Niskayuna town officials asked Fran Wall to stay at police department

Outgoing Niskayuna Police Chief Fran Wall, center, at her walk out ceremony with her son, Don Wall, at Town Hall on Friday, June 11, 2021.

Outgoing Niskayuna Police Chief Fran Wall, center, at her walk out ceremony with her son, Don Wall, at Town Hall on Friday, June 11, 2021.

Three Niskayuna town officials tried to keep former interim police chief Fran Wall in her job even after a human resource consultant for the town said she should be terminated from her job following a town investigation into complaints about her behavior.

Wall was investigated by the town’s Hazard Reduction Team for allegedly threatening town Comptroller Ismat Alam and harassing her over eight separate incidents. 

Wall has denied the allegations.

The consultant made its recommendation to fire Wall based on the Hazard Reduction Team’s findings, not on an independent investigation, according to Town Supervisor Yasmine Syed. The town was expected to discuss and possibly vote on how to reprimand Wall in June. 

However, before that happened, Wall submitted her resignation. While her May 17 resignation letter did not indicate her reason for resigning, she later told police department employees it was because of a lack of support from the town. 

On the same day Wall sent in her resignation letter, town board member Denise Murphy McGraw texted Wall asking to talk to her as soon as possible, according to a picture of the text provided by Wall’s attorney Paul Davenport. 

Davenport said McGraw and Syed both asked Wall to stay on the force. 

“She was specifically told ‘we need your leadership and what can we do to keep you?,’” Davenport said Friday.

Town Attorney Paul Briggs, a member of the team that investigated Wall, was on the phone call as well, Syed said. The Hazard Reduction Team included substitute members from the town board, Bill McPartlon and John Della Ratta, because the event under investigation was witnessed by the supervisor, who usually would serve on that team, and the town comptroller, another team member, was the complainant, Syed said.

The town requested an employment agreement with Wall during the phone conversation, which was provided on May 28, Davenport said.

The agreement would have allowed Wall to be chief of the department for three years, with successive one-year terms to follow unless the agreement was terminated.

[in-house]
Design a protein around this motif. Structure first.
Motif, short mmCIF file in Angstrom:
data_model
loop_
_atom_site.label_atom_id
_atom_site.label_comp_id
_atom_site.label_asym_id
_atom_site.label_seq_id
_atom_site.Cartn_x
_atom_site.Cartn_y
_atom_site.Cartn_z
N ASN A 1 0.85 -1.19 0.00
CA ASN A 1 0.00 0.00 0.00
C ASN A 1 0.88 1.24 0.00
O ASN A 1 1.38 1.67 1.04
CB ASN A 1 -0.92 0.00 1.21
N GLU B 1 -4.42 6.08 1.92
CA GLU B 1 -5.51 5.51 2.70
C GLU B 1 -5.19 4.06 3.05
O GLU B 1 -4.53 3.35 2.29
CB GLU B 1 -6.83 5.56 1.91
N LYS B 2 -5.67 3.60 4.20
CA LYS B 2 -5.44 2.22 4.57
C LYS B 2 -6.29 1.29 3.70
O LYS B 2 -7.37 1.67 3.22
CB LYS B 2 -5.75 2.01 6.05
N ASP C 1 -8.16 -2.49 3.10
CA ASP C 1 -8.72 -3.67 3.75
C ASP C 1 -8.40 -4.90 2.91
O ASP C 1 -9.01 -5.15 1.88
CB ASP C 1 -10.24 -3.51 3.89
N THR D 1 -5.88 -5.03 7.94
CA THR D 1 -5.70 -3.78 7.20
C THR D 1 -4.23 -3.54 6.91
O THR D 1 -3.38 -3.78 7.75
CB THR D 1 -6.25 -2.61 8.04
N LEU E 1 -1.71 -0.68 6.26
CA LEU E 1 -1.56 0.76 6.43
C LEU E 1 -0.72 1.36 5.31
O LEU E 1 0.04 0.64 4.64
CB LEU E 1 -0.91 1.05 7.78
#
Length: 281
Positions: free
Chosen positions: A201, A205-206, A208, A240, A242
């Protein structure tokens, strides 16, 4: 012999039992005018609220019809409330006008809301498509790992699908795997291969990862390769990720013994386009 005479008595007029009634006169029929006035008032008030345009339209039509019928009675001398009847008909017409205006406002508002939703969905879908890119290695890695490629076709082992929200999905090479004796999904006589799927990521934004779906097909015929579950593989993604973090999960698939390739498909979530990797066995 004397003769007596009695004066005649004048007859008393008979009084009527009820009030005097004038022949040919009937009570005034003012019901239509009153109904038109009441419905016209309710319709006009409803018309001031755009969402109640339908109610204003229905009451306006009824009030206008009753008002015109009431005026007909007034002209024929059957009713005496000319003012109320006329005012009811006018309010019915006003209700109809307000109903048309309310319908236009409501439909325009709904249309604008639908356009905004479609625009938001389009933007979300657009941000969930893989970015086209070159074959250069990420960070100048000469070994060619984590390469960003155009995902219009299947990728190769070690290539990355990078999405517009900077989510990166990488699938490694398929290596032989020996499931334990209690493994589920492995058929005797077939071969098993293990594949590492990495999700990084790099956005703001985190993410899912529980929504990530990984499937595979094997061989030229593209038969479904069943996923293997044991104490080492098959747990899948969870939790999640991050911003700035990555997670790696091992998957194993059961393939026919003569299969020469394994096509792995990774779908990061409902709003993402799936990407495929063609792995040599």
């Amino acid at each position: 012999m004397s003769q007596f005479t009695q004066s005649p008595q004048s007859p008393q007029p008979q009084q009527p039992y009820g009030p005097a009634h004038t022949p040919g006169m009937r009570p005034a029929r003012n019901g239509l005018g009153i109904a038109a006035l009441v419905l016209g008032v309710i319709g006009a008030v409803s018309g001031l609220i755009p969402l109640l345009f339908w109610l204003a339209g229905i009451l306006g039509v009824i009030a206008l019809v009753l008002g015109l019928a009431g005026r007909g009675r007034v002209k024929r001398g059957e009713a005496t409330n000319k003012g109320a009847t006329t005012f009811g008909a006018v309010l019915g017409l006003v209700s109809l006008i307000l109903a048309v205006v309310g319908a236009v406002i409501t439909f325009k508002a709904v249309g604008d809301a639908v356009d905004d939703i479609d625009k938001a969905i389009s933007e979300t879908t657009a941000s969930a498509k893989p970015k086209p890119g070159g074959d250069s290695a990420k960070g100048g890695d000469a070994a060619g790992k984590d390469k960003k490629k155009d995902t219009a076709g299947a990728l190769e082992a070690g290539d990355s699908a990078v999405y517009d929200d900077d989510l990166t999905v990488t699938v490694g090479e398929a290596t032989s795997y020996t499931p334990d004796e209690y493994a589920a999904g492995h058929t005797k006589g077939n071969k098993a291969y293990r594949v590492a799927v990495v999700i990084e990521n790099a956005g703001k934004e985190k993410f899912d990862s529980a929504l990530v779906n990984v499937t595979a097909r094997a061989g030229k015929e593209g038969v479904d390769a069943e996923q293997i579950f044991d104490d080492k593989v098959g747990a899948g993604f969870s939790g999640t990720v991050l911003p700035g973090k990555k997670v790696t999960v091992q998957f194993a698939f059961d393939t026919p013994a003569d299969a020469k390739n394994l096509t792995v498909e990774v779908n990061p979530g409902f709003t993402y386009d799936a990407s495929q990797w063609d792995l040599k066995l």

The agreement also included: 

  • Reinstating and filling the lieutenant position
  • Appointing a deputy chief
  • Hiring a community police officer and a minimum of two other officers
  • Hiring a confidential secretary for Wall
  • Appointing a new liaison between the town board and police department
  • Discontinuing any investigation involving Wall and considering said investigation to be unfounded
  • Requesting that an outside human resources contractor immediately handle a complaint initially made by Wall on Dec. 17
  • Addressing any of Wall’s complaints immediately

Nothing ever came of the agreement. 

“They never responded to it whatsoever,” Davenport said.

Syed said she did not know why the town did not move forward with the agreement and referred the question to Briggs.

Briggs would not comment. 

“These are confidential employee personnel matters which are not discussed publicly,” he said in an email. 

Davenport said none of the investigation made sense. 

A month before Alam made a formal complaint against Wall – claiming Wall threatened to kill her over the hiring of firm to conduct a police audit – Wall had complained about Alam in a Dec. 17 email to Syed and McPartlon.

In the email, Wall asks for a third party to be present whenever she needed to interact with Alam. 

“I shall not have direct singular contact with or meet in person with Town Comptroller Ismat Alam without having a third party present for verification of verbal communication content or other exchange of information,” Wall said in the email. “Equally, I shall not communicate by remote electronic means (telephone, etc.) with Town Comptroller Ismat Alam without having such communication recorded for content and/or information verification.”

Wall said in the email she felt the need to have a third party witness because Alam was making “damning accusations” against her. 

“I don’t lie,” Wall said. “And, I certainly cannot tolerate being lied to, especially in a professional work environment. I remain suspect of anyone who does this with regularity.” 

Syed said the issue was handled internally and she believes the email was sent along to the human resource consultant. However, she said Wall’s email was not considered a complaint because it had not gone through the formal complaint process by the town. 

Alam claimed that on November 5, 2020, after a meeting at which the town agreed to hire CNA to conduct a police audit in connection with the state’s police reform mandates, Wall allegedly said “If CNA comes after my police officers then I will kill you.” Alam also alleged Wall behaved inappropriately in seven other instances between November 12, 2020 and December 22, 2020. The allegations were corroborated by Alam’s assistant. Syed, who is also a witness to that incident, said she did not hear Wall make those statements.

Alam also indicated she feared for her and her family’s safety and requested protection for her family. 

Alam did not report the incident to the police department, Syed said, and there was no protection provided to her. The town, after consulting with Briggs and the human resource consultant, also didn’t report the incident to the police. 

Davenport also said he believes Briggs spoke with Wall in February about the alleged November incident, but that was it. Davenport said he and Wall weren’t aware of any official investigation.

“Absolutely she should have been involved in it,” Davenport said. 

Categories: News, Schenectady County


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